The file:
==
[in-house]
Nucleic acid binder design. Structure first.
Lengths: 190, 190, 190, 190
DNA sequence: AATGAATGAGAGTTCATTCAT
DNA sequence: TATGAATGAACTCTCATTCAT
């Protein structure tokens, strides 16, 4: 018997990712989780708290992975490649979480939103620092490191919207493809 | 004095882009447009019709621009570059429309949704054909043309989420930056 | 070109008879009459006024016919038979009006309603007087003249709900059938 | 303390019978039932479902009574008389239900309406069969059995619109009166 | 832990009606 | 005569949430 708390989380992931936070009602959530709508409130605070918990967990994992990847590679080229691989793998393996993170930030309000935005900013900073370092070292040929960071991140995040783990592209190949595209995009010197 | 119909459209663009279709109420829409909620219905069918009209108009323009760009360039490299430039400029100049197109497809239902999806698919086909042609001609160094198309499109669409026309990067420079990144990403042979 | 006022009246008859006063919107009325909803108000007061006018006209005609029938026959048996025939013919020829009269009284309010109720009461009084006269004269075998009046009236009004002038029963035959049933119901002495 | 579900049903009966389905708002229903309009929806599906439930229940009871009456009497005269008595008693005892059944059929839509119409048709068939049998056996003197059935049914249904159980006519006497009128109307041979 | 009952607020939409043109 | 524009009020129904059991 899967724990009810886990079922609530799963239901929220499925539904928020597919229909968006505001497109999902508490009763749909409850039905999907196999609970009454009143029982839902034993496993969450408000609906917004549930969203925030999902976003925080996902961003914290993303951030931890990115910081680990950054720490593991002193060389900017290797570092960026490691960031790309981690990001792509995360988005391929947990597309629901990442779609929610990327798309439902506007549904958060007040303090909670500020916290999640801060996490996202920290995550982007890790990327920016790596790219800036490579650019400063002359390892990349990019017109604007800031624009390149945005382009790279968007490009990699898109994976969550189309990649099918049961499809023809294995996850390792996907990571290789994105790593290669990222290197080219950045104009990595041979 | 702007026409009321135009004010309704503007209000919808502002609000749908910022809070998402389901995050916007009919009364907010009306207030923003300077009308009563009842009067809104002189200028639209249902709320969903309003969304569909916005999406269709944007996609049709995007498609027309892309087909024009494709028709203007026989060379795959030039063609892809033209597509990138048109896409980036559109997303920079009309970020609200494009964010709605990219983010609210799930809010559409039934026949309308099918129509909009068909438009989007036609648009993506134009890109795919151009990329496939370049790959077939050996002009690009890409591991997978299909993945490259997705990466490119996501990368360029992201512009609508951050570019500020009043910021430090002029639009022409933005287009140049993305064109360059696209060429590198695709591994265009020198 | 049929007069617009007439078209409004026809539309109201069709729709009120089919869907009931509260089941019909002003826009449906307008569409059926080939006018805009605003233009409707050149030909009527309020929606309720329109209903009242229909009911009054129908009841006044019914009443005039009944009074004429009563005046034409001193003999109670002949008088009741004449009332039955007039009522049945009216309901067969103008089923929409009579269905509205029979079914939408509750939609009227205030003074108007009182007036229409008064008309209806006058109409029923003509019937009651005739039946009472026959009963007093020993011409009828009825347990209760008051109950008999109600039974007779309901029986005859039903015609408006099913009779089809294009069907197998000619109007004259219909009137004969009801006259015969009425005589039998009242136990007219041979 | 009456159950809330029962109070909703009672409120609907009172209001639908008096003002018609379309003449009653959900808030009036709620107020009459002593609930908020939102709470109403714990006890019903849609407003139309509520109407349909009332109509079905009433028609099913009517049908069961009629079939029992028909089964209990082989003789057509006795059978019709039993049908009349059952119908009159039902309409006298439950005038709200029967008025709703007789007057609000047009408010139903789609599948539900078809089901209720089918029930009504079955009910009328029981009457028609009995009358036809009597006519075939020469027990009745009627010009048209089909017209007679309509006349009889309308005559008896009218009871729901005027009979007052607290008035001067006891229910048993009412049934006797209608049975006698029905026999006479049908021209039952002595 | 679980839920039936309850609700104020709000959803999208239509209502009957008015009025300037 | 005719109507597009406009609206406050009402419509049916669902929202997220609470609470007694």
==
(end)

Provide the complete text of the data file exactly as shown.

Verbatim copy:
[in-house]
Nucleic acid binder design. Structure first.
Lengths: 190, 190, 190, 190
DNA sequence: AATGAATGAGAGTTCATTCAT
DNA sequence: TATGAATGAACTCTCATTCAT
């Protein structure tokens, strides 16, 4: 018997990712989780708290992975490649979480939103620092490191919207493809 | 004095882009447009019709621009570059429309949704054909043309989420930056 | 070109008879009459006024016919038979009006309603007087003249709900059938 | 303390019978039932479902009574008389239900309406069969059995619109009166 | 832990009606 | 005569949430 708390989380992931936070009602959530709508409130605070918990967990994992990847590679080229691989793998393996993170930030309000935005900013900073370092070292040929960071991140995040783990592209190949595209995009010197 | 119909459209663009279709109420829409909620219905069918009209108009323009760009360039490299430039400029100049197109497809239902999806698919086909042609001609160094198309499109669409026309990067420079990144990403042979 | 006022009246008859006063919107009325909803108000007061006018006209005609029938026959048996025939013919020829009269009284309010109720009461009084006269004269075998009046009236009004002038029963035959049933119901002495 | 579900049903009966389905708002229903309009929806599906439930229940009871009456009497005269008595008693005892059944059929839509119409048709068939049998056996003197059935049914249904159980006519006497009128109307041979 | 009952607020939409043109 | 524009009020129904059991 899967724990009810886990079922609530799963239901929220499925539904928020597919229909968006505001497109999902508490009763749909409850039905999907196999609970009454009143029982839902034993496993969450408000609906917004549930969203925030999902976003925080996902961003914290993303951030931890990115910081680990950054720490593991002193060389900017290797570092960026490691960031790309981690990001792509995360988005391929947990597309629901990442779609929610990327798309439902506007549904958060007040303090909670500020916290999640801060996490996202920290995550982007890790990327920016790596790219800036490579650019400063002359390892990349990019017109604007800031624009390149945005382009790279968007490009990699898109994976969550189309990649099918049961499809023809294995996850390792996907990571290789994105790593290669990222290197080219950045104009990595041979 | 702007026409009321135009004010309704503007209000919808502002609000749908910022809070998402389901995050916007009919009364907010009306207030923003300077009308009563009842009067809104002189200028639209249902709320969903309003969304569909916005999406269709944007996609049709995007498609027309892309087909024009494709028709203007026989060379795959030039063609892809033209597509990138048109896409980036559109997303920079009309970020609200494009964010709605990219983010609210799930809010559409039934026949309308099918129509909009068909438009989007036609648009993506134009890109795919151009990329496939370049790959077939050996002009690009890409591991997978299909993945490259997705990466490119996501990368360029992201512009609508951050570019500020009043910021430090002029639009022409933005287009140049993305064109360059696209060429590198695709591994265009020198 | 049929007069617009007439078209409004026809539309109201069709729709009120089919869907009931509260089941019909002003826009449906307008569409059926080939006018805009605003233009409707050149030909009527309020929606309720329109209903009242229909009911009054129908009841006044019914009443005039009944009074004429009563005046034409001193003999109670002949008088009741004449009332039955007039009522049945009216309901067969103008089923929409009579269905509205029979079914939408509750939609009227205030003074108007009182007036229409008064008309209806006058109409029923003509019937009651005739039946009472026959009963007093020993011409009828009825347990209760008051109950008999109600039974007779309901029986005859039903015609408006099913009779089809294009069907197998000619109007004259219909009137004969009801006259015969009425005589039998009242136990007219041979 | 009456159950809330029962109070909703009672409120609907009172209001639908008096003002018609379309003449009653959900808030009036709620107020009459002593609930908020939102709470109403714990006890019903849609407003139309509520109407349909009332109509079905009433028609099913009517049908069961009629079939029992028909089964209990082989003789057509006795059978019709039993049908009349059952119908009159039902309409006298439950005038709200029967008025709703007789007057609000047009408010139903789609599948539900078809089901209720089918029930009504079955009910009328029981009457028609009995009358036809009597006519075939020469027990009745009627010009048209089909017209007679309509006349009889309308005559008896009218009871729901005027009979007052607290008035001067006891229910048993009412049934006797209608049975006698029905026999006479049908021209039952002595 | 679980839920039936309850609700104020709000959803999208239509209502009957008015009025300037 | 005719109507597009406009609206406050009402419509049916669902929202997220609470609470007694």